A generation of Spaniards born in the late seventies premiered their adolescence at the same time that Spain premiered a new television concept: private networks. Thanks to them they contacted programs like The Simpson or The prince of Bel Air, which were broadcast in loop at lunchtime in Antena 3. Produced by King Midas of black pop Quincy Jones, the second was the story of a boy who moved to live with his rich uncles in an exclusive neighborhood of Los Angeles , and turned rapper Will Smith, The Fresh Prince, in a world star and over the years in one of the highest paid actors in Hollywood.
Like all series at the time, the only option was to see them dubbed. Will Smith had the voice of Iván Muelas, a leading actor who recited in Spanish the catchy song from the head of the series. The translation of the rhymes was by imaginative necessity: "To the west in Philadelphia, I grew up and lived / Without paying much attention to the police / I played basketball without getting too tired / Because in the evenings I graduated."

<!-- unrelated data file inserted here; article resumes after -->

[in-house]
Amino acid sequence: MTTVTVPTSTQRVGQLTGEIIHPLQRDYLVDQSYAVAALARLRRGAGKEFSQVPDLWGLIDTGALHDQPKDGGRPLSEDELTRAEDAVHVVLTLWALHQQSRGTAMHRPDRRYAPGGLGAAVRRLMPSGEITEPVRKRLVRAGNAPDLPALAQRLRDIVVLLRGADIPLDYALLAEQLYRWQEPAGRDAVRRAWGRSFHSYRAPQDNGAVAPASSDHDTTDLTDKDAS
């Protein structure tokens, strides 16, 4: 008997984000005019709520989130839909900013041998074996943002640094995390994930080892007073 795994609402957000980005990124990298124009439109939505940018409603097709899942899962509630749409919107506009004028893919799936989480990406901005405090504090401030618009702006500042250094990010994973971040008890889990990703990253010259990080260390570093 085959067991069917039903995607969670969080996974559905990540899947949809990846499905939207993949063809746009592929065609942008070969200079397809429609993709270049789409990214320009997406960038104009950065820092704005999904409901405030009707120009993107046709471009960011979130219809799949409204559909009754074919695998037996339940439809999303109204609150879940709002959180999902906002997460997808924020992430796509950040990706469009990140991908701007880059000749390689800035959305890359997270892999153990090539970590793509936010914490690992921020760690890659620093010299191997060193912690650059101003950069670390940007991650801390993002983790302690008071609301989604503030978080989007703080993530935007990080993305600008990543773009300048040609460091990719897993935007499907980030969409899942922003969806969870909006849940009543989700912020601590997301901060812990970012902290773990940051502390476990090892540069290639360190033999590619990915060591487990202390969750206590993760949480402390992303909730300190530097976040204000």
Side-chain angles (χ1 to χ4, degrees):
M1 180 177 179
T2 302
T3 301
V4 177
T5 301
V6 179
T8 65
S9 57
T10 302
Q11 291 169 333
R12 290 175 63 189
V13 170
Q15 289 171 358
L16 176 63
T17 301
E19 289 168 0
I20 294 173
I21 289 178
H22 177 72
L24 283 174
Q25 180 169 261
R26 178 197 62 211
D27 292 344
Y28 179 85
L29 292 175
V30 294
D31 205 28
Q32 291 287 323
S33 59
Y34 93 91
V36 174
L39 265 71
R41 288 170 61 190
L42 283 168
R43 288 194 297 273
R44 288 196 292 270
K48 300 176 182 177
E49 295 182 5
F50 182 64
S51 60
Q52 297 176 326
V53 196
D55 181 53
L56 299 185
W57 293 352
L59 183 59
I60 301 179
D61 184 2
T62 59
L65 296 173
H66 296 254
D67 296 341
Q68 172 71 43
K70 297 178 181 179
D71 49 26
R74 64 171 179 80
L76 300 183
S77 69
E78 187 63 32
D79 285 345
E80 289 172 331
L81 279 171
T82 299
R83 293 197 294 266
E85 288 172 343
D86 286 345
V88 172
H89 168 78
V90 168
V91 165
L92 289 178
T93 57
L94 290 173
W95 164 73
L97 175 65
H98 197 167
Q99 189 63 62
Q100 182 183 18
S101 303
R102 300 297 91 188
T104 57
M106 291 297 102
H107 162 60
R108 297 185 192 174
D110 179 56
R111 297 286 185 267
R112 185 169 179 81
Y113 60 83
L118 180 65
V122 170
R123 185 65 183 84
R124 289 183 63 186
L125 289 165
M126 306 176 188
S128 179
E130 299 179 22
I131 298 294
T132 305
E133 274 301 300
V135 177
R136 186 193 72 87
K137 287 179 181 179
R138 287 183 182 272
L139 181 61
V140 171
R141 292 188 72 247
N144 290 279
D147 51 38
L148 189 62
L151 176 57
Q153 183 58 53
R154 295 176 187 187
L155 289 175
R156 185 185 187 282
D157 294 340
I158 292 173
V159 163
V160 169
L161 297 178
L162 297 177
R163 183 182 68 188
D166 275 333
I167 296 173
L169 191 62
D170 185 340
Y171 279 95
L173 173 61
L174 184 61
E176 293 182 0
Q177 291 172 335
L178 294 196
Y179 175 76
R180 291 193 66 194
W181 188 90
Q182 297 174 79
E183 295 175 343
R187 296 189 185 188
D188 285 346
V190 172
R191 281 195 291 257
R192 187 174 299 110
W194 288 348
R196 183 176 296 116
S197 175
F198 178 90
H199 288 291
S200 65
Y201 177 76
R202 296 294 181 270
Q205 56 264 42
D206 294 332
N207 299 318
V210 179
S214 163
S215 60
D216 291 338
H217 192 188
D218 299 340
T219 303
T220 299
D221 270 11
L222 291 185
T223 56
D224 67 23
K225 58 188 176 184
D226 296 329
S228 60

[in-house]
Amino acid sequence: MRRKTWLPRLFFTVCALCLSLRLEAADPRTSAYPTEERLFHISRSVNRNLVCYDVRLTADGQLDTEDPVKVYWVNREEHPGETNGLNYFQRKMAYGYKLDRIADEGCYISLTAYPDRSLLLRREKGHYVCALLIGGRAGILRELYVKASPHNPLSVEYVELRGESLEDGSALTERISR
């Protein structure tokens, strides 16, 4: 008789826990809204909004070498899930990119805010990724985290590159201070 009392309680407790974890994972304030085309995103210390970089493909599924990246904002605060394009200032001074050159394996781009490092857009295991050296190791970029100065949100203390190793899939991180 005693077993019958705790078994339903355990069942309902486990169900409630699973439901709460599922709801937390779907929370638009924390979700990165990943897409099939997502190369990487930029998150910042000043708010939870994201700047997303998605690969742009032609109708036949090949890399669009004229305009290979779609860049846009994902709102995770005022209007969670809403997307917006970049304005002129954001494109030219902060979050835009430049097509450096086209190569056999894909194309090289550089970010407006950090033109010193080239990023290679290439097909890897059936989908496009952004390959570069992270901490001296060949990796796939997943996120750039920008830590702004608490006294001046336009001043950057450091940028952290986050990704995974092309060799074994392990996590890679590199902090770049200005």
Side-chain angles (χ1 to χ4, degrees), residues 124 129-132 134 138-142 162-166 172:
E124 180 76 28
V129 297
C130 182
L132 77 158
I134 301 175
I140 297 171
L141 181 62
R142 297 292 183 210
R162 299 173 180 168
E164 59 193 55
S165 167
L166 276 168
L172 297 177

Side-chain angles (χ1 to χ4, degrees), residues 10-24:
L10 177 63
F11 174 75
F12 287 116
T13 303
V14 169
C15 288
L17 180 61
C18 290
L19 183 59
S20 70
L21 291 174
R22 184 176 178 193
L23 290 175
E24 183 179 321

Those same boys of the seventies are now opening the maturity (that is to say) at the same time that they release another television concept: the consumption on demand with its original subtitled version. Film magazine So film recently celebrated that Netflix replenished The prince of Bel Air respecting the dubbing in Spanish. "A genius" that adapted local references to those of a story that took place on the West Coast of the United States. And that's how hip hop culture met Julio Iglesias, Chiquito or El Betis, manquepierda.
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